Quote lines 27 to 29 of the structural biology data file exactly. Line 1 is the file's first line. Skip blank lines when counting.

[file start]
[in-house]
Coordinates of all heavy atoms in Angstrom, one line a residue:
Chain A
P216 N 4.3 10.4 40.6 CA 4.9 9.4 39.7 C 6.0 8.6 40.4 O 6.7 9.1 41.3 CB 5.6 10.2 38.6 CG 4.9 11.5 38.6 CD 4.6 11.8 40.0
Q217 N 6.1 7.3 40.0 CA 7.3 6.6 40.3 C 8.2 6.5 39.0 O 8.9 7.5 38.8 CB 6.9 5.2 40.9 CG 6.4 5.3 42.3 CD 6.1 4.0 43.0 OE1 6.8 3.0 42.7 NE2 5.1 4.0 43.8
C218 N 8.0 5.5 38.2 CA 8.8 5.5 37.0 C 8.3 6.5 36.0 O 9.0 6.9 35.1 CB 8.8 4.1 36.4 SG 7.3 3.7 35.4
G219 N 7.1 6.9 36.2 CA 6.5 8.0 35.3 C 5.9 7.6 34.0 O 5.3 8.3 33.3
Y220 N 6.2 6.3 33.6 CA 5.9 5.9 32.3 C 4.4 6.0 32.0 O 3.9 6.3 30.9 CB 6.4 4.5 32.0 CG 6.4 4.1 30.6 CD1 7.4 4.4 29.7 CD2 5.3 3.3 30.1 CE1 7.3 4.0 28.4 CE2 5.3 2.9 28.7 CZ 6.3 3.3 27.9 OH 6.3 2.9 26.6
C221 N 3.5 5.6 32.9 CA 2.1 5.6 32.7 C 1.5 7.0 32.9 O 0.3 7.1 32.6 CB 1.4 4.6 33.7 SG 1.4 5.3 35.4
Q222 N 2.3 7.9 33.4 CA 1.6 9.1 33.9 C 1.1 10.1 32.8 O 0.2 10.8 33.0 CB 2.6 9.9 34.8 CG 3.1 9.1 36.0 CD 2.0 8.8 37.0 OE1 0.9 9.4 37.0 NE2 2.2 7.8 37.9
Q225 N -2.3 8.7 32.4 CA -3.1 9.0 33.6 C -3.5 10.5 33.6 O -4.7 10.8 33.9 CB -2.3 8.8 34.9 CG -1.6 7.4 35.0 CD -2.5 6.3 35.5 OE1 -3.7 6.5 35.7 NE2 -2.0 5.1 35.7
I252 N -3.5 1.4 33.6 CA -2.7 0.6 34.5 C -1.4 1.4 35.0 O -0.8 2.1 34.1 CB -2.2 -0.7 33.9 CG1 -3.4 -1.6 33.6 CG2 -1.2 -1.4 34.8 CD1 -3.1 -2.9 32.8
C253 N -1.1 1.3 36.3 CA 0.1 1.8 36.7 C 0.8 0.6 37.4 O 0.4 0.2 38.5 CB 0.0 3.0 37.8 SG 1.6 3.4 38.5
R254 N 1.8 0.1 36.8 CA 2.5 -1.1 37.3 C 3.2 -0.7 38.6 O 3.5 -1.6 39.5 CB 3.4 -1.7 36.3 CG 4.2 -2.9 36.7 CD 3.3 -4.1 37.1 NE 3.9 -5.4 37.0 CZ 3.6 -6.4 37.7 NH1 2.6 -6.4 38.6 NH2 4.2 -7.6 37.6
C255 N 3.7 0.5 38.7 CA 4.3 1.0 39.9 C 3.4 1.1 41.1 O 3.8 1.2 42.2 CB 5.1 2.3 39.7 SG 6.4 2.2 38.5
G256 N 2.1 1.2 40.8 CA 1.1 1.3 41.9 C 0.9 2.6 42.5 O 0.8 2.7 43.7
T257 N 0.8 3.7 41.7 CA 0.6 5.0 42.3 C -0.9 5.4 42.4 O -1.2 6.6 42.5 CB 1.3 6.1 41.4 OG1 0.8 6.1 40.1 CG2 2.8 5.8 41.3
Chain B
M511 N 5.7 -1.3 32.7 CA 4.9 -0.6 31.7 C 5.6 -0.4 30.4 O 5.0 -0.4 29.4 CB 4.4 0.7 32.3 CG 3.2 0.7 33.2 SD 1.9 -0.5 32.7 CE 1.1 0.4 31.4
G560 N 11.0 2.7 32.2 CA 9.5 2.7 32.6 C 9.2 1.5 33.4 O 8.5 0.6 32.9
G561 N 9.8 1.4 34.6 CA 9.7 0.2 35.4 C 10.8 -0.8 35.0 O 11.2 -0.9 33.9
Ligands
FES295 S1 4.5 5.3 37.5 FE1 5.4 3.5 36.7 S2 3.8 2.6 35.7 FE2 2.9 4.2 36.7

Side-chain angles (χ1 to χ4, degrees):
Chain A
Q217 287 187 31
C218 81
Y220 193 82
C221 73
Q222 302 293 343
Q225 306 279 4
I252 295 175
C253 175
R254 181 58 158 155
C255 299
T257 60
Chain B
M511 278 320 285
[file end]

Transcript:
C218 81
Y220 193 82
C221 73